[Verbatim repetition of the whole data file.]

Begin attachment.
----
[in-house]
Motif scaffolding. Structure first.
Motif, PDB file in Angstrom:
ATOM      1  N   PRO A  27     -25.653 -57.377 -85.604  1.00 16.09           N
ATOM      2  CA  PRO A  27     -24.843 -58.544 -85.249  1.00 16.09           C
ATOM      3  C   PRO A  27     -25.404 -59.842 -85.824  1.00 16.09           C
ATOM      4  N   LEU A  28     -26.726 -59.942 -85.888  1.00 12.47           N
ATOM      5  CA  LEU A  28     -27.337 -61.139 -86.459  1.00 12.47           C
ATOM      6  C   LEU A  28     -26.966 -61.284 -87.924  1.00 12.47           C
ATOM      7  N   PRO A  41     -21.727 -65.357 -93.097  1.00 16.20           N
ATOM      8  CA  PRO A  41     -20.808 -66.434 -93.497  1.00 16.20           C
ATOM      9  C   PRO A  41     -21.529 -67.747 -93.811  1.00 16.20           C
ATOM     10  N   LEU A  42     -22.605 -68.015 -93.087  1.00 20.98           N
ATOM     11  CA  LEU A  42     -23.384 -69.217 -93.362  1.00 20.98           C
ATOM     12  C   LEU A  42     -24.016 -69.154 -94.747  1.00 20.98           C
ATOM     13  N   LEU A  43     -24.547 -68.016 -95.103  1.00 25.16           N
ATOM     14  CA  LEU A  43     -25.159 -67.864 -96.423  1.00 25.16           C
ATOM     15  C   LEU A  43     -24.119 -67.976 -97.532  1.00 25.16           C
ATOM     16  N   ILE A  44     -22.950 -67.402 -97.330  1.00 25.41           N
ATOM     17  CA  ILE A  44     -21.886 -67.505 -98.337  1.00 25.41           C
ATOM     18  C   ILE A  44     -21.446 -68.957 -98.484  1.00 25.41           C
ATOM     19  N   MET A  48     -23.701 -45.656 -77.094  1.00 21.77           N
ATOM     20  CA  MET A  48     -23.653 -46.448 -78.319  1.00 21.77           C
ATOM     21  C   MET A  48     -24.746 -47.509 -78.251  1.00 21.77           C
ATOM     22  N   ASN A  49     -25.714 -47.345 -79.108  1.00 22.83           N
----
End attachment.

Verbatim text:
[in-house]
Motif scaffolding. Structure first.
Motif, PDB file in Angstrom:
ATOM      1  N   PRO A  27     -25.653 -57.377 -85.604  1.00 16.09           N
ATOM      2  CA  PRO A  27     -24.843 -58.544 -85.249  1.00 16.09           C
ATOM      3  C   PRO A  27     -25.404 -59.842 -85.824  1.00 16.09           C
ATOM      4  N   LEU A  28     -26.726 -59.942 -85.888  1.00 12.47           N
ATOM      5  CA  LEU A  28     -27.337 -61.139 -86.459  1.00 12.47           C
ATOM      6  C   LEU A  28     -26.966 -61.284 -87.924  1.00 12.47           C
ATOM      7  N   PRO A  41     -21.727 -65.357 -93.097  1.00 16.20           N
ATOM      8  CA  PRO A  41     -20.808 -66.434 -93.497  1.00 16.20           C
ATOM      9  C   PRO A  41     -21.529 -67.747 -93.811  1.00 16.20           C
ATOM     10  N   LEU A  42     -22.605 -68.015 -93.087  1.00 20.98           N
ATOM     11  CA  LEU A  42     -23.384 -69.217 -93.362  1.00 20.98           C
ATOM     12  C   LEU A  42     -24.016 -69.154 -94.747  1.00 20.98           C
ATOM     13  N   LEU A  43     -24.547 -68.016 -95.103  1.00 25.16           N
ATOM     14  CA  LEU A  43     -25.159 -67.864 -96.423  1.00 25.16           C
ATOM     15  C   LEU A  43     -24.119 -67.976 -97.532  1.00 25.16           C
ATOM     16  N   ILE A  44     -22.950 -67.402 -97.330  1.00 25.41           N
ATOM     17  CA  ILE A  44     -21.886 -67.505 -98.337  1.00 25.41           C
ATOM     18  C   ILE A  44     -21.446 -68.957 -98.484  1.00 25.41           C
ATOM     19  N   MET A  48     -23.701 -45.656 -77.094  1.00 21.77           N
ATOM     20  CA  MET A  48     -23.653 -46.448 -78.319  1.00 21.77           C
ATOM     21  C   MET A  48     -24.746 -47.509 -78.251  1.00 21.77           C
ATOM     22  N   ASN A  49     -25.714 -47.345 -79.108  1.00 22.83           N